We landed in Victoria Friday morning wrung out from the late night, a 5am flight, mid-flight drama and this entire week I’ve just wanted to chill out, but the guilt of 100 Stories hanging over my head seems to have drained any enjoyment I should be having.

While those who have been working with me, know the time and effort I put in (and that 100 Stories was squashed between existing projects and other scheduled eMergent and Chinese Whisperings projects have been put on hold) there are 100 authors out there, about to be published in 100 Stories who don’t know me that well. There are 200 other people who submitted, missed out on a place and still want to buy the book. There are all the friends and family who all want to get their hands on the books also. There is also the 30+ team of 100 Stories who have worked hard to keep the project clipping over at an amazing pace and I feel like I’m letting everyone down. I’m sorry!

I’m not one to whinge and I’m certainly not looking for sympathy (Goddess forbid) – I just want everyone associated with the project to understand sometimes despite you best efforts you can’t make things the way you wish they were.

So that’s the long and the short of it… and hopefully this goes a little ways to quell the guilt I’m feeling and gives everyone on the outside a small view into why this has happened. A week lost – can never be regained.

I am home next week and the management team will have discussions regarding the best launch date. And as soon as we know, we’ll let all of you know.

Thanks so much for your understanding and a special thank you to the management team who gave their blessings (reinforced in the last day via Facebook and twitter) for me to take a few days off.

In Appreciation of Dr Seuss

And will you succeed?
Yes! You will, indeed! (98 and ¾ percent guaranteed.)
Kid, you’ll move mountains!
…So…be your name Buxbaum or Bixby or Bray or Mordecai Ale Van Allen O’Shea, you’re off to Great Places!
Today is your day! Your mountain is waiting.
So…get on your way!

I’ll let you in on a little secret – actually two! The love of my life shares a birthday with one of the greatest children’s authors of all time. Happy birthday Dave and happy birthday Dr Seuss (who would have been 107 today!)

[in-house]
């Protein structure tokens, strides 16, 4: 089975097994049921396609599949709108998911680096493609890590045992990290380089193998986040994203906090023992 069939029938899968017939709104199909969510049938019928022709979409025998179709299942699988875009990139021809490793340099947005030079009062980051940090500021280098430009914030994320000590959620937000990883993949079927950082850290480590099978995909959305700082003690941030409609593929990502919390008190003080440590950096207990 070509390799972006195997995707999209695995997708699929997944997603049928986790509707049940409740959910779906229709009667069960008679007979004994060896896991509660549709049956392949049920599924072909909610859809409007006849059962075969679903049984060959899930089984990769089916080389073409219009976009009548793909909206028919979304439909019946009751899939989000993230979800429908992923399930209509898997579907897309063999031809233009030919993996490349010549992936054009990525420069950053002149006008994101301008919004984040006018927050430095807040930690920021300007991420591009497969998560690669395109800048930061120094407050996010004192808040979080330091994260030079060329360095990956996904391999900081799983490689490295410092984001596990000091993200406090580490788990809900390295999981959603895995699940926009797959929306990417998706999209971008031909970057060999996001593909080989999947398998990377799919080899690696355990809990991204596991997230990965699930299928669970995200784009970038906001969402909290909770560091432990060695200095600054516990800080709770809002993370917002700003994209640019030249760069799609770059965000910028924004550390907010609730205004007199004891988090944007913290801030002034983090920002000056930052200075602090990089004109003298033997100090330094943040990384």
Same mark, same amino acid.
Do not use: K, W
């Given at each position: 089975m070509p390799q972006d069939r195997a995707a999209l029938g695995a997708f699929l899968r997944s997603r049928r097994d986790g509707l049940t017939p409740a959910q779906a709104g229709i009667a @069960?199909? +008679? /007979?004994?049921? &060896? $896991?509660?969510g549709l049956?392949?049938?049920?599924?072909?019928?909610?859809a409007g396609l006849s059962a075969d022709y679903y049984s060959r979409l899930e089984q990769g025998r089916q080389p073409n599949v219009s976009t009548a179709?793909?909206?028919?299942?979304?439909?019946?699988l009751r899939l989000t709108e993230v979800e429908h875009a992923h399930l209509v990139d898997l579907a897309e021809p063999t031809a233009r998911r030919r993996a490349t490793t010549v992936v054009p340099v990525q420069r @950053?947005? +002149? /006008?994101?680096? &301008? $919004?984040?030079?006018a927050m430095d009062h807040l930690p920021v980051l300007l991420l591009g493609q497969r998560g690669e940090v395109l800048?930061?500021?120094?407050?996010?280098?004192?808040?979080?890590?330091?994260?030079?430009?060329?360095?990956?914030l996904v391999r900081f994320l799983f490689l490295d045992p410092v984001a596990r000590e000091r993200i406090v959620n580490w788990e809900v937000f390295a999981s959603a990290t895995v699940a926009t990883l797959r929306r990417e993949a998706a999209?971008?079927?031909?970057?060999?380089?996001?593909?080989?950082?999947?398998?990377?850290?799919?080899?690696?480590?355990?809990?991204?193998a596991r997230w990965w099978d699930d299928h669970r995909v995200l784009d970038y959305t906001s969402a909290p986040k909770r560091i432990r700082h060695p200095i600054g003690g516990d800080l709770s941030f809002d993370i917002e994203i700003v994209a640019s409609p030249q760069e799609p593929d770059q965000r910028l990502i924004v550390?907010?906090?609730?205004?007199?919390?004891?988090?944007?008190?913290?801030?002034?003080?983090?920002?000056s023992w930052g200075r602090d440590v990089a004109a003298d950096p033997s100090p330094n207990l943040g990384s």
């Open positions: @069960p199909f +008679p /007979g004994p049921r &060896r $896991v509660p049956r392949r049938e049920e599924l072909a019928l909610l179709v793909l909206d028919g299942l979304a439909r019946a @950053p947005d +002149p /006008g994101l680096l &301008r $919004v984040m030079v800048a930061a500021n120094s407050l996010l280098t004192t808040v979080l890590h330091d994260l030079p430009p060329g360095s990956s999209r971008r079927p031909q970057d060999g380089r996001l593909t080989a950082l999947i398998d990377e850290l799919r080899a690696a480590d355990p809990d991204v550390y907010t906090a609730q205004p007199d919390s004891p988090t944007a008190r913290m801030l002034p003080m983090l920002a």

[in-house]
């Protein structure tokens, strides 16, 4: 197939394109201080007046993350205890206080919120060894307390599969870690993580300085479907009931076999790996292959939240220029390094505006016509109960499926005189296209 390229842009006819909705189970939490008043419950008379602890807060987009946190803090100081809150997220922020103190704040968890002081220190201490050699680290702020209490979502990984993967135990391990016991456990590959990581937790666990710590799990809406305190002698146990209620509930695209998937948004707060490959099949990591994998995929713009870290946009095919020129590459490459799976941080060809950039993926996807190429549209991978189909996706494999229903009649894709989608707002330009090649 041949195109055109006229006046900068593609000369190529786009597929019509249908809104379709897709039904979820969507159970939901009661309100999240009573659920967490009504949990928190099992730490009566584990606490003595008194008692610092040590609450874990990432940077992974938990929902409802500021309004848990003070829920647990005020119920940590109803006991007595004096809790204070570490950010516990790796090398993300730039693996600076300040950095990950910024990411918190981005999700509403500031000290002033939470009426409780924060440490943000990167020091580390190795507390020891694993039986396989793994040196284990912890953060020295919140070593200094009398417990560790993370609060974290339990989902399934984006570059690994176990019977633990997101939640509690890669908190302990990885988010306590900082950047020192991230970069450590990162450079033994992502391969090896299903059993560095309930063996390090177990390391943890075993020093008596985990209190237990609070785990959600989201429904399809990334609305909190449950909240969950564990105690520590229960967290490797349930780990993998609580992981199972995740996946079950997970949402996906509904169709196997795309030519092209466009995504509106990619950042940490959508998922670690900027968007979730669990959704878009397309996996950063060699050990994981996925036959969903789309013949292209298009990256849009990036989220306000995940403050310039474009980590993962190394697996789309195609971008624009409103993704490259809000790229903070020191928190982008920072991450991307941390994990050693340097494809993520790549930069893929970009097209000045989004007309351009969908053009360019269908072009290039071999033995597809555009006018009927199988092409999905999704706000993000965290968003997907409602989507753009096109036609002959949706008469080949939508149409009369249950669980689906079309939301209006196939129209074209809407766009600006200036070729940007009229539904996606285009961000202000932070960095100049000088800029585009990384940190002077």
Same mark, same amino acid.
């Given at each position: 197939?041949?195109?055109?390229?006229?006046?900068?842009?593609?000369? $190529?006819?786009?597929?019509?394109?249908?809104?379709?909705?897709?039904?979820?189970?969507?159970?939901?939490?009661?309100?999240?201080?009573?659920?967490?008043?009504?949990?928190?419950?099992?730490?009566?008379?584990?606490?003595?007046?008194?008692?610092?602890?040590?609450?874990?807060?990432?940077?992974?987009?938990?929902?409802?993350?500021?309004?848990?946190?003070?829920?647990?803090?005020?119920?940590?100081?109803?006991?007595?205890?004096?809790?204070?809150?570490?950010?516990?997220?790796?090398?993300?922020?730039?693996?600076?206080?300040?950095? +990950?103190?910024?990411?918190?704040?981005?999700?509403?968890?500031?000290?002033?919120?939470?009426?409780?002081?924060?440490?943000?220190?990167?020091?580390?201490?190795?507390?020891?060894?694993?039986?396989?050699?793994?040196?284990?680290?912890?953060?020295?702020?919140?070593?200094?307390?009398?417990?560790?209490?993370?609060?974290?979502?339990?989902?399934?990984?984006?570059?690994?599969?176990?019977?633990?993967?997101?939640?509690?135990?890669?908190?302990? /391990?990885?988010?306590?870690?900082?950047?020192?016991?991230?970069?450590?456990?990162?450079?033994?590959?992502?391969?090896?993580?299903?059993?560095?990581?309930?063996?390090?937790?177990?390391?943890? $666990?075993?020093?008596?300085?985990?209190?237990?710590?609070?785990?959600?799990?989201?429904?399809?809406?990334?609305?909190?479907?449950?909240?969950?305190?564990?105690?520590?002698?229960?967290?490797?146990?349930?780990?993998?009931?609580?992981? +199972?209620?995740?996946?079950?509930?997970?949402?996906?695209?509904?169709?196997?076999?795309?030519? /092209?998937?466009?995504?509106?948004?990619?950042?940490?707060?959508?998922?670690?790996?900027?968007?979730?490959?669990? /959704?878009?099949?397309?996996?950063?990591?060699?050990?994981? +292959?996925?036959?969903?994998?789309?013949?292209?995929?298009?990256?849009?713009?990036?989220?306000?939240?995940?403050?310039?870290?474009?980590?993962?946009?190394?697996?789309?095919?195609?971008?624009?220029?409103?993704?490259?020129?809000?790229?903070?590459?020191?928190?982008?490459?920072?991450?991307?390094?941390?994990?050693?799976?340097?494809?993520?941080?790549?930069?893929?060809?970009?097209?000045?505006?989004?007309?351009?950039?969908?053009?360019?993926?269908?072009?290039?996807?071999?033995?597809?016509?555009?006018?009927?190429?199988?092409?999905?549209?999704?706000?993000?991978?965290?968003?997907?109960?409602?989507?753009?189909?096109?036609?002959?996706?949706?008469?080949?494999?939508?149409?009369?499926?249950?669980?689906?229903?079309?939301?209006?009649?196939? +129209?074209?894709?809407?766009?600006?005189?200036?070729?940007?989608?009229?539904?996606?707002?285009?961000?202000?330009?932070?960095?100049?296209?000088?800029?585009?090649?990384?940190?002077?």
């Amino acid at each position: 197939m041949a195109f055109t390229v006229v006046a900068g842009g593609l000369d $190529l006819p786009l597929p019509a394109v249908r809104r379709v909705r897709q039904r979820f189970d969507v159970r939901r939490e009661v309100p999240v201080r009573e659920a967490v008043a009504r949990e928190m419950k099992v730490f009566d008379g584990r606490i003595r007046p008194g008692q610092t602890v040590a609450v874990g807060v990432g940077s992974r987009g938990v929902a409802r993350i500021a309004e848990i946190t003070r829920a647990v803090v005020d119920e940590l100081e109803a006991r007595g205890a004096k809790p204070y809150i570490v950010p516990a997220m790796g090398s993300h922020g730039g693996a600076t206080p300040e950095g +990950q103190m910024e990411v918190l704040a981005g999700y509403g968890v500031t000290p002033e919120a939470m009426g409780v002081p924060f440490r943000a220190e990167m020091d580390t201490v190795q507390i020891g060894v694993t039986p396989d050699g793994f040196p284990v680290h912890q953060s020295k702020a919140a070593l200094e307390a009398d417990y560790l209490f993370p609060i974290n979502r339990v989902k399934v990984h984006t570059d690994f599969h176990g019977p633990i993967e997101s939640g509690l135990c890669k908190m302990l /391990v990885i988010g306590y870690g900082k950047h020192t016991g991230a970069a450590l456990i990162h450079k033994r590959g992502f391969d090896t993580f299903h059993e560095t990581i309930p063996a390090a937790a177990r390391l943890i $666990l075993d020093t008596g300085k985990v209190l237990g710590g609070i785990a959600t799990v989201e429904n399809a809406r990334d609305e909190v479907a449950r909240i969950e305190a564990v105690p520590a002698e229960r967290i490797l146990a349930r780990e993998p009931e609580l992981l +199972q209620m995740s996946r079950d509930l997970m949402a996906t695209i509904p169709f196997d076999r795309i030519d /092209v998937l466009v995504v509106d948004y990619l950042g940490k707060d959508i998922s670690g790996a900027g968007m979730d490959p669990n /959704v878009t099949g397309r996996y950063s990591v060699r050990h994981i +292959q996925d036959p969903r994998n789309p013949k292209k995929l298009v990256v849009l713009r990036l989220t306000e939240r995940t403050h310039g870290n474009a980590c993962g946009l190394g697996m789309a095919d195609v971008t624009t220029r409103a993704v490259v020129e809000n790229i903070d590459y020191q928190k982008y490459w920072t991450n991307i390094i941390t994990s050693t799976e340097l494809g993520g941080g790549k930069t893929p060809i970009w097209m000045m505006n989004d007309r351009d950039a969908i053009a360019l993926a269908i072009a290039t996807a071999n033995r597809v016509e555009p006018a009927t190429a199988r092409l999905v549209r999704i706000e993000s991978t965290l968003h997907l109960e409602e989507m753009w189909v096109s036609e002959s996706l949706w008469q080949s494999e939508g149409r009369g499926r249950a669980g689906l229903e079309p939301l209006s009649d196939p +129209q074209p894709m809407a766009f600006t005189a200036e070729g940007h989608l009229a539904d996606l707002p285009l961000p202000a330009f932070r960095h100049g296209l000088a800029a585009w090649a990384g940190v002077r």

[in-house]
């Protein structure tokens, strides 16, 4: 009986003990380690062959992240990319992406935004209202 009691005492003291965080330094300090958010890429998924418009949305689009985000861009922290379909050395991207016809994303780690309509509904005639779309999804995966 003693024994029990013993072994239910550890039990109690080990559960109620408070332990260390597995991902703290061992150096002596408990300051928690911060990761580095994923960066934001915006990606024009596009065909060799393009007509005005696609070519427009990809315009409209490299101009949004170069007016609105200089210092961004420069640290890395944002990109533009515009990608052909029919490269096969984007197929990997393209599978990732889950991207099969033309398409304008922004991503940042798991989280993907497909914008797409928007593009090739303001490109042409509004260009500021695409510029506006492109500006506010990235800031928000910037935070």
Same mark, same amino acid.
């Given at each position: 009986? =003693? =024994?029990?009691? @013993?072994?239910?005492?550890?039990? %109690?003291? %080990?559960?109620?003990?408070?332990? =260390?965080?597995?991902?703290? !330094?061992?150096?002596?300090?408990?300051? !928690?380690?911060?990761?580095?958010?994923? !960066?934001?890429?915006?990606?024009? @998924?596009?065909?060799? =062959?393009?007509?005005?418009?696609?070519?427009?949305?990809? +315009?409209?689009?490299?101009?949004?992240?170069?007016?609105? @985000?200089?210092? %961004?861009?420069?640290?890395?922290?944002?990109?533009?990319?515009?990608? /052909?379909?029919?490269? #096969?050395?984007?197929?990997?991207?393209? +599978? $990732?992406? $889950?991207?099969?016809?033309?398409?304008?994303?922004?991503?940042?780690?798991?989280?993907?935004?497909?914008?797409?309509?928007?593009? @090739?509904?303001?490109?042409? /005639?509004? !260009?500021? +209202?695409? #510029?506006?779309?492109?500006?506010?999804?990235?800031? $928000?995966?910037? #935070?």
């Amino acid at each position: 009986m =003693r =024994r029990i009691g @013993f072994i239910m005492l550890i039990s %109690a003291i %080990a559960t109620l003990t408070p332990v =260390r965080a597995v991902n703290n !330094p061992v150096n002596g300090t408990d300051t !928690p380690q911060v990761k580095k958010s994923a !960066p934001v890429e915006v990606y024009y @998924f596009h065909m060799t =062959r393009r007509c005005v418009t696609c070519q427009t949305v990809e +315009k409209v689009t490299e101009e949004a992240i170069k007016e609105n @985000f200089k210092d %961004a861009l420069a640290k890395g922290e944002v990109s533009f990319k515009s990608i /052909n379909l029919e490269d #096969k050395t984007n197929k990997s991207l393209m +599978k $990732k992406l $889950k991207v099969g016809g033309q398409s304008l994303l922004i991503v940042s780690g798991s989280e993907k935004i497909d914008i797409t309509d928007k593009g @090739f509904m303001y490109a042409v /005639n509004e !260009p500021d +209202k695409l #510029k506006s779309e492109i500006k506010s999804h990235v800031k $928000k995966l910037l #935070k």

So what’s the second little secret?

Only in adulthood have I truly come to appreciate Dr Seuss. You’d think it would be the reverse. For Mr D’s first birthday Annie and family gifted him his first Dr Seuss book with a message along the lines of, “If we have to do it – you have to do it too!” And as much as my tongue has been tied in knots, and I’ve discovered my breath control sucks, and as much as I would probably happily never read Hop On Pop again (or have it read to me)… there is something weird and enchanting about Seuss’ work.

As a child, I didn’t read Dr Seuss. I had a passing idea about the Cat in the Hat and If I had Duck Feet… and my favourite book for many years was The Diggiest Dog (published under Seuss’ imprint) I really wasn’t that into the books Seuss (or perhaps my parents weren’t really that into them?)

When my partner and I moved in together – one of the first things we did was build acommunal book case from long lengths of raw timber and concrete blocks. That’s where I first found and read, Oh, the Places You Will Go. The book so enthralled and lifted me up, I turned a blind eye to the inscription in the front of it from Dave’s ex-girlfriend (and still do!)

Since then – I’ve sought it out when things aren’t going too well. It’s always one of a handful of books I choose when it is my turn to pick a bedtime story, so much so Mr D (now almost 7) will choose it for me to read, knowing how much I love it. And believe me it has some stiff competition from several Lola and Charlie books.

I believe Oh, the Places You Will Go is the best motivational book on the market. As such it has been a standard gift to so many special people in my life – I’ve lost count! I dont believe it’s the best motivational book on the market  because of the uplifting ending, or the magical rhyming way the narratives rolls off your tongue when read, but simply because it is honest. It says sometimes life is going to suck. Sometimes you will be alone. Sometimes you won’t be a winner. Sometimes you’ll be stuck waiting. Sometimes you will be scared. But there are always choices to move on. Always good times just a little further down the way.

Thank you to Dr Seuss, for a legacy which brightens lives generation after generation.

What is your favourite Dr Seuss book and why?